A three part commitment to clients — “Tell The Truth”
1. Research properly
All market research and business intelligence projects will be under the supervision of a qualified researcher. All market research projects will be carried out under the ESOMAR code of professional conduct and the supervisor, who must be an member of a recognised MR professional body, will take personal responsibility for compliance. In all business intelligence projects, Hyderus will give the client a written explanation of what will be researched and how. We will explain to clients which data will come from publicly-available data, which from attributed sources and which from interviews where respondents are guaranteed anonymity. We will always tell clients that all of our work can be audited by an independent third party, at additional cost.
2. Give honest recommendations
Hyderus will report its findings and it conclusions without considering whether they fit the client’s preconceptions. We won’t just report reams of data; we will say what we think it means for the client’s strategy and plans and we will give our point of view clearly so that we can be held to it. We will give the best recommendations without thinking about the impact on our future business. When we present findings or recommendations as slides, we will make sure that we leave a clear written report as well. When we cannot find information or do not know what it means, we will say so. When stakeholders or other interviewees tell us things that do not fit our view of a situation, we will pass on the dissenting perspectives.
3. Explain clearly
Complicated issues require careful analysis but a good consultant should always be able to explain conclusions and recommendations in language that will make sense to an informed general reader or, indeed, a senior member of management who does not know have specialised knowledge. To make sure that we always do this, Hyderus has set up a team of expert writers who will help to develop the house style and to make sure that every team member implements it well. The experts include a provocative columnist for Salon, the pioneering American news site, and a former editor of one of India’s largest daily newspapers.
Three points where other consultancies fail
1. Bad research
Many companies have tried to expand from their core business describing themselves now as “strategic consultants” or in one case as “a trusted adviser” but they may not know how to research a problem or an opportunity properly. “We were shocked to find out that even our biggest competitors, such as McKinsey and Boston Consulting Group, do not routinely make experienced market researchers or business intelligence specialists part of project teams working on fact-finding. We have spoken to McKinsey interviewees who were led or even cajoled into agreeing with the consultant’s pre-defined opinions” Chataway said. Public relations companies are trying to do market research as well and are straying into the historical territory of management consultants — the world’s oldest PR agency, Hill & Knowlton, for example, now describes itself as “H+K Strategies.” As well as the more familiar work of “creating media channels designed to offer 35 year old women a more seductive coffee moment” its website claims H+K can provide “senior council [sic] and planning.”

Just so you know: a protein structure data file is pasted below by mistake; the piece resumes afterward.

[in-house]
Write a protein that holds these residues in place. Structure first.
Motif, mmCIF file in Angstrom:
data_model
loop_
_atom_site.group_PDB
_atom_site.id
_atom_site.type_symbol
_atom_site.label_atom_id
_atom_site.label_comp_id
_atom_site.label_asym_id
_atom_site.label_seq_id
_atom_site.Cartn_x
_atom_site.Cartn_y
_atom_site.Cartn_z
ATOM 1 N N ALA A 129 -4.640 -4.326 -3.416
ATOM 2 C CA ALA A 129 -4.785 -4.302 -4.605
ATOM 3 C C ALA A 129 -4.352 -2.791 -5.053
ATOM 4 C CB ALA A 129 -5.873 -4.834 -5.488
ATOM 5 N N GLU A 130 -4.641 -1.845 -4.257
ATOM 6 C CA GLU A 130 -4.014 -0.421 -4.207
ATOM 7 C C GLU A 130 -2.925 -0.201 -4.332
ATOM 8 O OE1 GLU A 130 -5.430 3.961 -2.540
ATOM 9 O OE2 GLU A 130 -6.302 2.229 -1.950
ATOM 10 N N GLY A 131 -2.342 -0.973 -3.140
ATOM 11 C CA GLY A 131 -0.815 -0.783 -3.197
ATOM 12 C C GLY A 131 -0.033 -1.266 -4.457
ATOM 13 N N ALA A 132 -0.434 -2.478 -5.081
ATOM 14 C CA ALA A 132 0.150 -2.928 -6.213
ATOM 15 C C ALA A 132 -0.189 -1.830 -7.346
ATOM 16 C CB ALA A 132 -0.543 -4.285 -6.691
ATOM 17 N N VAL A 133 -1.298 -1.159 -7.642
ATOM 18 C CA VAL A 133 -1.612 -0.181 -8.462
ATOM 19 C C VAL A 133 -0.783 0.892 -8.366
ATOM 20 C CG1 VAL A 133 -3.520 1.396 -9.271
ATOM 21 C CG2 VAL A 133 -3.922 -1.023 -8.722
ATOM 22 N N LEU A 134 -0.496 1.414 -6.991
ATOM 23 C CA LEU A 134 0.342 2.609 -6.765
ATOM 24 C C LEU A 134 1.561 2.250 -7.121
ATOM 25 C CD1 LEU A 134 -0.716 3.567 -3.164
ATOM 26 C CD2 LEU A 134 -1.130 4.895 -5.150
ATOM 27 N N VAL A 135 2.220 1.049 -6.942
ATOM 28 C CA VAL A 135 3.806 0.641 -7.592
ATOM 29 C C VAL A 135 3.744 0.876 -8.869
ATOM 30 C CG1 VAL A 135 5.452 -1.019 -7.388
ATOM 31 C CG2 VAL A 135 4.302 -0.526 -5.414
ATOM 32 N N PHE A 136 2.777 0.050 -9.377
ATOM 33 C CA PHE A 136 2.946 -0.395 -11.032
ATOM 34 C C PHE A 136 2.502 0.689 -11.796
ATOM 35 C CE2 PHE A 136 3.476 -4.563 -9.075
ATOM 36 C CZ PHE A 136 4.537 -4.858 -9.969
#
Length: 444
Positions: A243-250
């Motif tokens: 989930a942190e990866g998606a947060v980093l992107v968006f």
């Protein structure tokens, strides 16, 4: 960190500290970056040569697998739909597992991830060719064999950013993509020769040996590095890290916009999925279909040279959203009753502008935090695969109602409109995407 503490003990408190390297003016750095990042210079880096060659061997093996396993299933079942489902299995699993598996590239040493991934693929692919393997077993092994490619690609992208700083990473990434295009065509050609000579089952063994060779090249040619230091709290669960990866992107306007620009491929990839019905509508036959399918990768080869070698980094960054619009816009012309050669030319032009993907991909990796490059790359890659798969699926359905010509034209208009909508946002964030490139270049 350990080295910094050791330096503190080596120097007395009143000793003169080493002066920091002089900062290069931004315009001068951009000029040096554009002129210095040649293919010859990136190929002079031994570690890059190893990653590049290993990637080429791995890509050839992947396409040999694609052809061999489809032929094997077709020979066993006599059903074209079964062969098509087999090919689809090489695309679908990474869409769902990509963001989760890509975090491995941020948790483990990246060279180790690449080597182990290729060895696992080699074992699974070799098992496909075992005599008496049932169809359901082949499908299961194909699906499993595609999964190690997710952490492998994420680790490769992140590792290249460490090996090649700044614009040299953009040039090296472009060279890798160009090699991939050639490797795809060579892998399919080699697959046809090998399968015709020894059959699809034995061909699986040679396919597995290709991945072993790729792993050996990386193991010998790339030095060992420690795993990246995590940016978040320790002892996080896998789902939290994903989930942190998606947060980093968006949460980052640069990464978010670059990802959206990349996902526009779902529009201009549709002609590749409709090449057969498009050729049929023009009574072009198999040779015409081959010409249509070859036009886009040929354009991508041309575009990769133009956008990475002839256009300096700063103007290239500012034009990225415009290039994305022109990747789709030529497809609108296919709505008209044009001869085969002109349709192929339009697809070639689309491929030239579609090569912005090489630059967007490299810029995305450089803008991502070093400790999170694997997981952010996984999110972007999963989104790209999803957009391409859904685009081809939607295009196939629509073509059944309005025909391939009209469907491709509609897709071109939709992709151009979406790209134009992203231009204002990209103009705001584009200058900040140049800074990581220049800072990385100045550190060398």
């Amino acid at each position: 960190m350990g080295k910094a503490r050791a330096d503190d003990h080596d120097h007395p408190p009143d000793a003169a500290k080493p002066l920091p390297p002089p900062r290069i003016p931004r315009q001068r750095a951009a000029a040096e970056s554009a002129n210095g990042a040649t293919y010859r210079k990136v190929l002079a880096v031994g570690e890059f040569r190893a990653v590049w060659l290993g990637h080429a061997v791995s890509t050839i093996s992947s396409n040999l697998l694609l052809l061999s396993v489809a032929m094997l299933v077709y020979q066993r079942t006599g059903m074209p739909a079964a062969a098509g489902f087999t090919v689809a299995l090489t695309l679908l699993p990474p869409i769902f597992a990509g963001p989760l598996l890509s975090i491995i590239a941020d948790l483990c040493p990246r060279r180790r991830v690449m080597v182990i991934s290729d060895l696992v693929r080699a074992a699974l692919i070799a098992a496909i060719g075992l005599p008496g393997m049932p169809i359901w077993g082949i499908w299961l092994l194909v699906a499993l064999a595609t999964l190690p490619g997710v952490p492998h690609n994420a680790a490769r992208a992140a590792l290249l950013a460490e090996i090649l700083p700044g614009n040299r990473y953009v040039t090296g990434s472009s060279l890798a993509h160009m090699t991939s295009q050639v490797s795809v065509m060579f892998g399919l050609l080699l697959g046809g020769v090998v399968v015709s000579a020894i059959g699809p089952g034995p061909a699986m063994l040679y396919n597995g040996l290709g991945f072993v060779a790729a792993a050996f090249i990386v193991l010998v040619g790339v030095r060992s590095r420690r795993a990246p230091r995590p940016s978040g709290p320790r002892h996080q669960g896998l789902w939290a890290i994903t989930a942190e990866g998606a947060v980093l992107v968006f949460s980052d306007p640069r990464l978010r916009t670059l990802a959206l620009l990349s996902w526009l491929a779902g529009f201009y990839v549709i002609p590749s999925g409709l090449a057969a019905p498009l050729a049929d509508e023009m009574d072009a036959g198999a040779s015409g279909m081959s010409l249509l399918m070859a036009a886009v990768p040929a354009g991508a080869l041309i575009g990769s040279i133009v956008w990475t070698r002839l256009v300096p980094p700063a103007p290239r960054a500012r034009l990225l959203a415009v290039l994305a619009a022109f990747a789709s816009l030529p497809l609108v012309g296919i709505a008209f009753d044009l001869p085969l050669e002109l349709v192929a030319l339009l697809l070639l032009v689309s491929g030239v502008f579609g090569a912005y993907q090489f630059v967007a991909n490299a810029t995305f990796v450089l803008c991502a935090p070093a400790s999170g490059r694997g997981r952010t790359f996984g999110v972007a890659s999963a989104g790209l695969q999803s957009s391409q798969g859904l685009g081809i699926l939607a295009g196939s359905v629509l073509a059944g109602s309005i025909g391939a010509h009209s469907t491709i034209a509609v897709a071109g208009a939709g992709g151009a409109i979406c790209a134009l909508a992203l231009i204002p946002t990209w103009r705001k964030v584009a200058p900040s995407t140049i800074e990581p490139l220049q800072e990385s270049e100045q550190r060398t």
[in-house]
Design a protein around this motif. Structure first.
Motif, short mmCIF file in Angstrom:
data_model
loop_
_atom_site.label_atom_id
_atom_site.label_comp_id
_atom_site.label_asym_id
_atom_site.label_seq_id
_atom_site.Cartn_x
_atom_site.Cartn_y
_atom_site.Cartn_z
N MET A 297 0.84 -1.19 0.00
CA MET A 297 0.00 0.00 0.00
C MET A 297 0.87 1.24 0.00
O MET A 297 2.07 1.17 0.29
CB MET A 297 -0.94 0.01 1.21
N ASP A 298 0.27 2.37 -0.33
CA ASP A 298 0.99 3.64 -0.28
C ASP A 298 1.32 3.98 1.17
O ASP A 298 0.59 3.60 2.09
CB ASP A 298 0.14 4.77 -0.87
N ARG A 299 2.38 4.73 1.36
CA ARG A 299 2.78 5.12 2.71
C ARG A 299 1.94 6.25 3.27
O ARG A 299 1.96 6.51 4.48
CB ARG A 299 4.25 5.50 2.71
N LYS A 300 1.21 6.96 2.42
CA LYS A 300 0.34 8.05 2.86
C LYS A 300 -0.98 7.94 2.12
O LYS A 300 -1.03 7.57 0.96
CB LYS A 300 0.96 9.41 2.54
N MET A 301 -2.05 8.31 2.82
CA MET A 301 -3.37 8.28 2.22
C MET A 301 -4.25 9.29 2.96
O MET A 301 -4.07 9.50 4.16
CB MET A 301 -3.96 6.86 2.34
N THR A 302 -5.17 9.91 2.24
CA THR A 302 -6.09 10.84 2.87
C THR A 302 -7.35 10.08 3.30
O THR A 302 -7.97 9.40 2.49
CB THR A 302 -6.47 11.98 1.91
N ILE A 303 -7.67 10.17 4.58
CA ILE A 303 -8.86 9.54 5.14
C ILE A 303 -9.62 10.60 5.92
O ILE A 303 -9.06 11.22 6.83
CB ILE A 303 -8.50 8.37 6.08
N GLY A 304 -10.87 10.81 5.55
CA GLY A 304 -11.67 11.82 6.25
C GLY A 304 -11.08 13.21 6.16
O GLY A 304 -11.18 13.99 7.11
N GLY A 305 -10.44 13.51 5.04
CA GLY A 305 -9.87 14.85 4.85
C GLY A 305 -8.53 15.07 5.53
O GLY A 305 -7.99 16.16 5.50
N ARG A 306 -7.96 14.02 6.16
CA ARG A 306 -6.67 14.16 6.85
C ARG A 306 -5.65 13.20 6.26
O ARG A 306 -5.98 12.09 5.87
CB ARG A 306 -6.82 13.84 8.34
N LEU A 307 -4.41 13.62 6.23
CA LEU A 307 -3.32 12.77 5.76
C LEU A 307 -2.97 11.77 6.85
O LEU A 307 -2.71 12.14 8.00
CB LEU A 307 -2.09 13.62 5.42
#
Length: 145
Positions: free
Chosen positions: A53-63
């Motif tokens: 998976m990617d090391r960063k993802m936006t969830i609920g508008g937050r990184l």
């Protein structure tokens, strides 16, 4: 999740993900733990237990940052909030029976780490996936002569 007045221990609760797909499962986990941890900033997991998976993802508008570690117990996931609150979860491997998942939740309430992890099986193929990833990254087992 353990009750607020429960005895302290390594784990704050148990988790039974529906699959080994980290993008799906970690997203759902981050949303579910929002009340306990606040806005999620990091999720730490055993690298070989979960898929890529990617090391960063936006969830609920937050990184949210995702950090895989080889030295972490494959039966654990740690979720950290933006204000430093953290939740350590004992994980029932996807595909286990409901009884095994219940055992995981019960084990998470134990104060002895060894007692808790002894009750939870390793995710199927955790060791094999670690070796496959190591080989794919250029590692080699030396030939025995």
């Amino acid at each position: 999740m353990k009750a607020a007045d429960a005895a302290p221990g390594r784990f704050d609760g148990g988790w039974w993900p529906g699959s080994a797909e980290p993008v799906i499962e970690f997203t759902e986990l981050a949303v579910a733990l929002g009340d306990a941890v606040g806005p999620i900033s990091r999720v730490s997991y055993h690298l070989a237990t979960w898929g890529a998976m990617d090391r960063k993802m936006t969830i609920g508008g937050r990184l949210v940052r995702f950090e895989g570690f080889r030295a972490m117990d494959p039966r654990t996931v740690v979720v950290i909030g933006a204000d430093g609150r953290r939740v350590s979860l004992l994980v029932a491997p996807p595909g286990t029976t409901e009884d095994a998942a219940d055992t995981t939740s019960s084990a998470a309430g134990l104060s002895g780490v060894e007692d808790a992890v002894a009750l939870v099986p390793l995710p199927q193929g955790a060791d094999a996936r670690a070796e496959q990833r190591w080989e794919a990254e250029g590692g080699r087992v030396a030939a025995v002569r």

2. Glossing the truth
The second failure point is usually deliberate: consultancies try to tell customers what the customer wants to hear or, worse, what is most likely to create further business for the advisers. “We are quite often approached by clients who ask us to assess a risk to reputation or to the client’s permission to operate. The honest answer is often that the risk is small: the client should practise watchful waiting and needs a reliable system to monitor future risks themselves. This answer is much less profitable for us than screaming panic and charging lots of overtime,” said Chris Nial, Director of Project Management for Hyderus.
Apparent conflicts of interest affect trust in the whole consulting sector. For example in November 2011, The Guardian reported that one consultancy was advising at least two of the sides in negotiations over the re-structuring of the National Health Service in England.
3. Writing badly
Finally, consultancies cannot or will not explain things clearly. “Frequently, they lack the analytical and writing skills to explain what they know,” says Tania Lal, a Hyderus consultant. “Most MBAs never learn to write a coherent narrative,” she added. Sometimes, consultancies try to over-complicate things or to make the client think that an issue can only be understood with the help of advisers. An example of the former comes from a recent case study by the Oliver Wyman Consultancy: “the work identified alternative combinations for differing customer segments to increase offer take rates by 5 to 10 percent by focusing offers on the highest perceived value elements,” says the website.